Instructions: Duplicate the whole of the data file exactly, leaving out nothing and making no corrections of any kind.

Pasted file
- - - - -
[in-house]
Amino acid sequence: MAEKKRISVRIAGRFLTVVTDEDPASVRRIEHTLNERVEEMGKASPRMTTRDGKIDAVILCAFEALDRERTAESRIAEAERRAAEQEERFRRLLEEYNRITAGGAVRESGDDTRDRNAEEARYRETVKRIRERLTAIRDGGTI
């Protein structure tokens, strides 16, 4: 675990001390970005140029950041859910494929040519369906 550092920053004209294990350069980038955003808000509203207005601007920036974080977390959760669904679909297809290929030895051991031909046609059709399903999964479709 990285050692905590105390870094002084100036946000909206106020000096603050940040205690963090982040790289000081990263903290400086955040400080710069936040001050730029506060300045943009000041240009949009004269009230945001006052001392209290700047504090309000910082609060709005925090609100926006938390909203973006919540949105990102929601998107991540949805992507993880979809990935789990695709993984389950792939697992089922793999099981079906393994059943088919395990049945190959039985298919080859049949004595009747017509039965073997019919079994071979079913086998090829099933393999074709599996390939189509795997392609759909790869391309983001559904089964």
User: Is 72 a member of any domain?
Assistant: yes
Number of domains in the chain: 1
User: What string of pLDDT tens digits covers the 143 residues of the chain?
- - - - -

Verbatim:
[in-house]
Amino acid sequence: MAEKKRISVRIAGRFLTVVTDEDPASVRRIEHTLNERVEEMGKASPRMTTRDGKIDAVILCAFEALDRERTAESRIAEAERRAAEQEERFRRLLEEYNRITAGGAVRESGDDTRDRNAEEARYRETVKRIRERLTAIRDGGTI
């Protein structure tokens, strides 16, 4: 675990001390970005140029950041859910494929040519369906 550092920053004209294990350069980038955003808000509203207005601007920036974080977390959760669904679909297809290929030895051991031909046609059709399903999964479709 990285050692905590105390870094002084100036946000909206106020000096603050940040205690963090982040790289000081990263903290400086955040400080710069936040001050730029506060300045943009000041240009949009004269009230945001006052001392209290700047504090309000910082609060709005925090609100926006938390909203973006919540949105990102929601998107991540949805992507993880979809990935789990695709993984389950792939697992089922793999099981079906393994059943088919395990049945190959039985298919080859049949004595009747017509039965073997019919079994071979079913086998090829099933393999074709599996390939189509795997392609759909790869391309983001559904089964």
User: Is 72 a member of any domain?
Assistant: yes
Number of domains in the chain: 1
User: What string of pLDDT tens digits covers the 143 residues of the chain?